It’s commonly assumed that the best regulatory attitude towards bitcoin and other cryptocurrencies is a proactive one. But a leading lawyer is contradicting this common wisdom, saying that the best approach is to accommodate crypto into existing legal frameworks, as the UK is now doing.
Martin Bartlam, Partner at DLA Piper and one of the world’s leading legal experts in financial technology, says that the UK’s track record on cryptocurrencies had been “incredibly positive.” At an event in London last night, Bartlam said that rather than rushing to introduce new legislation, British regulators have been relatively inactive and kept regulation simple.
“It’s almost hardest to see what [the UK’s] done, but in a way that is the beauty of it,” said Bartlam. Rather than new laws recognizing crypto as its own asset class, as the PACTE Law did in France, the British approach has been to use existing legislation wherever possible.
“They’ve not made it more complicated, there’s no additional compliance or analysis that you need to do,” explained Bartlam. “They’ve really kind of created an opportunity for people to do business the way they always did business using digital assets.”
DLA Piper is one of the largest legal firms in the world, covering all aspects of corporate law. Operating in more than forty countries, including the U.S., it regularly publishes reports on the legal status of digital assets, including security tokens and ICOs.
“The U.S. is the interesting one,” Bartlam explained. After showing strong interest in cryptocurrencies, regulators in the largest capital market “have really struggled to present a clear policy in terms of what it is they’re trying to achieve.”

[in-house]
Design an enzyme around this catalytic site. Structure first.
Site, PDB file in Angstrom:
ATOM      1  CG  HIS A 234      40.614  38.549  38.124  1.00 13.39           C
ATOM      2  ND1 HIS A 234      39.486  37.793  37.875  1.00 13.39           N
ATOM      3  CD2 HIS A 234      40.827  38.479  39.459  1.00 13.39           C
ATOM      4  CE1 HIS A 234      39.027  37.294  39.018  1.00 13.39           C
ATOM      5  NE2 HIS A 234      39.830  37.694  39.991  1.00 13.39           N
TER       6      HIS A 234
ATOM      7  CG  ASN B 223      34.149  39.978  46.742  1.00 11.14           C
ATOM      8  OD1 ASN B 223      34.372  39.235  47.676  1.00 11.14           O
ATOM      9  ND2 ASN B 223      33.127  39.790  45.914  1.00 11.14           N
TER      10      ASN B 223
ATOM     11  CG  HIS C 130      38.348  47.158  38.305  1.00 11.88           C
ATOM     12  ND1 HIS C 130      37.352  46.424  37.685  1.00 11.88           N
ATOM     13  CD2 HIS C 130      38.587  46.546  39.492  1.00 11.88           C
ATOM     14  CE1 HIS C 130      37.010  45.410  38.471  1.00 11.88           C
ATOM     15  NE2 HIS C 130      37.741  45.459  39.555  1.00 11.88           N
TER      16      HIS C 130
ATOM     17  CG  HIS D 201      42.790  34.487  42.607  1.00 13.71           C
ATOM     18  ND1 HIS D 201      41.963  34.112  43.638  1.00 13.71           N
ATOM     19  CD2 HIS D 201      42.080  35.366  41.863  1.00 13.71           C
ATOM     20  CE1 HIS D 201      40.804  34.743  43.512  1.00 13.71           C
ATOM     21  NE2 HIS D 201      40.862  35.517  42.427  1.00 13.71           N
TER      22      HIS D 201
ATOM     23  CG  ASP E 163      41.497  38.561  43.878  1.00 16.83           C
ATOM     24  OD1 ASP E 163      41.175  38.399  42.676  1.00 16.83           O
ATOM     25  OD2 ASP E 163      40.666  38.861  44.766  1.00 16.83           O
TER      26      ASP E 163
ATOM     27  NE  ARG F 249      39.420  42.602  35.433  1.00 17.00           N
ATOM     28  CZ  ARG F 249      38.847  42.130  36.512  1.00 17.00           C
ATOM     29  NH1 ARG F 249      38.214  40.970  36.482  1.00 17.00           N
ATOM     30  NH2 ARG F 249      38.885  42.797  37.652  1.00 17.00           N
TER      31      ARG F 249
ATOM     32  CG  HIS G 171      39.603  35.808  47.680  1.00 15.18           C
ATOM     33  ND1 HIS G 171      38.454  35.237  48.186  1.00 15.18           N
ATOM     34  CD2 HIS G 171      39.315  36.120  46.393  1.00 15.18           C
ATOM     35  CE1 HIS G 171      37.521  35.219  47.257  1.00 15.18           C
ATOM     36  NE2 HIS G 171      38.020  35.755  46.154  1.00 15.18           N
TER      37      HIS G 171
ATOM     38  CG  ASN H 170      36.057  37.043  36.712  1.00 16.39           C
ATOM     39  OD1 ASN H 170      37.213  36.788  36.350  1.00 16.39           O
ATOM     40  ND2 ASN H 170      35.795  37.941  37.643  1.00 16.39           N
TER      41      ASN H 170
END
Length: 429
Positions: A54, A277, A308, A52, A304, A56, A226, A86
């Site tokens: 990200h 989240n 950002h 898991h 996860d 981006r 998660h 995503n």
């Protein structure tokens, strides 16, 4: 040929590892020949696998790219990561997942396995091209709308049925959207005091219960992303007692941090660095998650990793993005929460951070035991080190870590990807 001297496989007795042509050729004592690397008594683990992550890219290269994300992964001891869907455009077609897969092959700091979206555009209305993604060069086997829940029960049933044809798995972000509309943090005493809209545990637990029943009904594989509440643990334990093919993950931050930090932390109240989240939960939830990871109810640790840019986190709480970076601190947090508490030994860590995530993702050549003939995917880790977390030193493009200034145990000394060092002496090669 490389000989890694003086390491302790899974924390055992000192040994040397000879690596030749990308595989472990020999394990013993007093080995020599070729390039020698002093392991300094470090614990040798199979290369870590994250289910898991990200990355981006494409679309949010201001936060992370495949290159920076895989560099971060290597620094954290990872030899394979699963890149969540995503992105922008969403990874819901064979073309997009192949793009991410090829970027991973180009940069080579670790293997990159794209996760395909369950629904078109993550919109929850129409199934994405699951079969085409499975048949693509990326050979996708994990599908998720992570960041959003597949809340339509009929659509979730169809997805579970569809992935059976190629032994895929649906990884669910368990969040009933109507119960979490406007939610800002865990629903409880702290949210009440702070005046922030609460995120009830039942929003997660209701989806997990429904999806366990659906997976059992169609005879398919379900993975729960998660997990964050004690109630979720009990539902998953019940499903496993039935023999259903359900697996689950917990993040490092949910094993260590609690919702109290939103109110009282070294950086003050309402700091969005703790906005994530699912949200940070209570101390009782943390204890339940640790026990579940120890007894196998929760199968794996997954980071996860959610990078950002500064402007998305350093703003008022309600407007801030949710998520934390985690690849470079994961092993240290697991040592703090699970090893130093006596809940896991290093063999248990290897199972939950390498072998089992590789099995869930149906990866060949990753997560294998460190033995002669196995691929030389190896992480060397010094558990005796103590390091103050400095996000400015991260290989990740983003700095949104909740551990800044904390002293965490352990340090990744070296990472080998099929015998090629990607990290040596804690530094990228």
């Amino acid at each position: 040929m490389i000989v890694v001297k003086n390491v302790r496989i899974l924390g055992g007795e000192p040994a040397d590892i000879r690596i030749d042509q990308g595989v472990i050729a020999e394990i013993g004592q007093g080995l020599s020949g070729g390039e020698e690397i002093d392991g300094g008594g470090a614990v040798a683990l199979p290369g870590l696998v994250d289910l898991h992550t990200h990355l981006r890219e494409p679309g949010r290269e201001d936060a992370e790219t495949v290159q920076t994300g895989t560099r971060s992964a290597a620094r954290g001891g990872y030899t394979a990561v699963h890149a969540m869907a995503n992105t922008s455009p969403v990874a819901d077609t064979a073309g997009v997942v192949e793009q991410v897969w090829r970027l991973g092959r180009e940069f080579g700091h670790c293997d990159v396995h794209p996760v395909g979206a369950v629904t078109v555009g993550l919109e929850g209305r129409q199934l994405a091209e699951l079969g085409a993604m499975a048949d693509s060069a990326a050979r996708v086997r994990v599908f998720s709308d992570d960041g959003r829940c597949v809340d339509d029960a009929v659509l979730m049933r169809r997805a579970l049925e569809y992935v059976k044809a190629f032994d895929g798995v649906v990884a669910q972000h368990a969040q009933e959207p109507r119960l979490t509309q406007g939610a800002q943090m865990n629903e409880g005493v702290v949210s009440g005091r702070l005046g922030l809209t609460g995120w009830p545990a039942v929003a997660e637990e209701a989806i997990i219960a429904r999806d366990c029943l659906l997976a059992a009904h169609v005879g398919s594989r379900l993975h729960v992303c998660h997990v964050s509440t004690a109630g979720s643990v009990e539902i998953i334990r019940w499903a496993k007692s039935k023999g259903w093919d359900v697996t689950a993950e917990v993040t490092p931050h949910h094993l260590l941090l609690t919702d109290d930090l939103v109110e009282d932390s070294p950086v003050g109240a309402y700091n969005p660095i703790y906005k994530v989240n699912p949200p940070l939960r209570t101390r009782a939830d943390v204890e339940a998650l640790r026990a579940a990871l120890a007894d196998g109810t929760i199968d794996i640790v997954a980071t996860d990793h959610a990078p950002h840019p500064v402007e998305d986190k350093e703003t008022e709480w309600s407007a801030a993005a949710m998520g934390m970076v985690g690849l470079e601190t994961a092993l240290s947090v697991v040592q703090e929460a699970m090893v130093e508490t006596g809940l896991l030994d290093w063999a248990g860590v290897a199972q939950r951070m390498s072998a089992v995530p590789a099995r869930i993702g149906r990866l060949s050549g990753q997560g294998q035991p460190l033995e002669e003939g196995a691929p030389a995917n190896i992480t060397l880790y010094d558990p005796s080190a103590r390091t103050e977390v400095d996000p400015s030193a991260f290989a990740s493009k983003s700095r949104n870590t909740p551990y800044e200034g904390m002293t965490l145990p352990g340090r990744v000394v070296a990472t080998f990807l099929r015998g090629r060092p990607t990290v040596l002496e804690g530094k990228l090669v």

Not only is that “frustrating,” Bartlam said, it also makes it “harder for businesses to operate in the U.S. and other jurisdictions.”
UK Is Serious About Crypto
The U.K.’s approach to cryptocurrencies has not always been well-received. The Financial Conduct Authority (FCA) proposed an outright ban on crypto derivatives for retail investors, as well as pushing for wallet providers to collect private data about their clients.
But British officials have been “quite supportive” of digital assets, Bartlam said. As the world’s largest financial center, London has the expertise to analyze new technology far more effectively than rival jurisdictions.
In contrast, Bartlam is skeptical about the long-term viability of countries such as Malta and Gibraltar, which have turned themselves into crypto-friendly jurisdictions. However, he says, they may lack the technical and legal expertise for a serious regulatory environment.
The IMF expressed concerns earlier this year that holes in Malta’s DLT laws, as well as an overstretched regulator, could create opportunities for criminals to bypass AML controls, which could jeopardize the country’s position in international finance.
Major financial centers, such as Switzerland and Luxembourg, have the greatest potential to become serious players in the digital asset space, Bartlam added.
“Having a big sophisticated group of people who are actually coordinating an approach to something is massively powerful,” he noted. “That’s the reason why the UK regime is quite positive.”